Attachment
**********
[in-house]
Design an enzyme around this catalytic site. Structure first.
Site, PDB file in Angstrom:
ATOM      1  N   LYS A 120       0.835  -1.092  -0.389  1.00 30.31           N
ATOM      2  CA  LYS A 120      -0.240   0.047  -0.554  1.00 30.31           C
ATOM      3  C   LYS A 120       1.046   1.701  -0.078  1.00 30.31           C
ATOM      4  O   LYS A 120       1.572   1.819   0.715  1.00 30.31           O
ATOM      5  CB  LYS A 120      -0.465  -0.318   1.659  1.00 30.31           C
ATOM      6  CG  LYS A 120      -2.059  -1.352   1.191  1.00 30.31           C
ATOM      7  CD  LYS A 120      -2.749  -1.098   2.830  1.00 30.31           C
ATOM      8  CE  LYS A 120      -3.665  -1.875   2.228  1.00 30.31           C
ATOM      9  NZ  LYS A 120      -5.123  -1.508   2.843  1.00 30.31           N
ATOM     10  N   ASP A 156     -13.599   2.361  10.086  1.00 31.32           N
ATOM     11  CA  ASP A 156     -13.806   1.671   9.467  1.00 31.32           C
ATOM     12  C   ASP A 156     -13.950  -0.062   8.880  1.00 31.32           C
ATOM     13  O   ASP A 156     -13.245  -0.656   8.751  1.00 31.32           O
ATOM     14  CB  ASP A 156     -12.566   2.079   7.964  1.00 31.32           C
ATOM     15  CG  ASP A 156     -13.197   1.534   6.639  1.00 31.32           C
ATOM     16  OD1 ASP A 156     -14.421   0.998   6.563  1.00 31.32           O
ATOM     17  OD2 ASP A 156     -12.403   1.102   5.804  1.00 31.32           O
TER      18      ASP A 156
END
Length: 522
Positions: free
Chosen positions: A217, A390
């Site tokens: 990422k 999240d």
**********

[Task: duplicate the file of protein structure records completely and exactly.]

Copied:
[in-house]
Design an enzyme around this catalytic site. Structure first.
Site, PDB file in Angstrom:
ATOM      1  N   LYS A 120       0.835  -1.092  -0.389  1.00 30.31           N
ATOM      2  CA  LYS A 120      -0.240   0.047  -0.554  1.00 30.31           C
ATOM      3  C   LYS A 120       1.046   1.701  -0.078  1.00 30.31           C
ATOM      4  O   LYS A 120       1.572   1.819   0.715  1.00 30.31           O
ATOM      5  CB  LYS A 120      -0.465  -0.318   1.659  1.00 30.31           C
ATOM      6  CG  LYS A 120      -2.059  -1.352   1.191  1.00 30.31           C
ATOM      7  CD  LYS A 120      -2.749  -1.098   2.830  1.00 30.31           C
ATOM      8  CE  LYS A 120      -3.665  -1.875   2.228  1.00 30.31           C
ATOM      9  NZ  LYS A 120      -5.123  -1.508   2.843  1.00 30.31           N
ATOM     10  N   ASP A 156     -13.599   2.361  10.086  1.00 31.32           N
ATOM     11  CA  ASP A 156     -13.806   1.671   9.467  1.00 31.32           C
ATOM     12  C   ASP A 156     -13.950  -0.062   8.880  1.00 31.32           C
ATOM     13  O   ASP A 156     -13.245  -0.656   8.751  1.00 31.32           O
ATOM     14  CB  ASP A 156     -12.566   2.079   7.964  1.00 31.32           C
ATOM     15  CG  ASP A 156     -13.197   1.534   6.639  1.00 31.32           C
ATOM     16  OD1 ASP A 156     -14.421   0.998   6.563  1.00 31.32           O
ATOM     17  OD2 ASP A 156     -12.403   1.102   5.804  1.00 31.32           O
TER      18      ASP A 156
END
Length: 522
Positions: free
Chosen positions: A217, A390
């Site tokens: 990422k 999240d």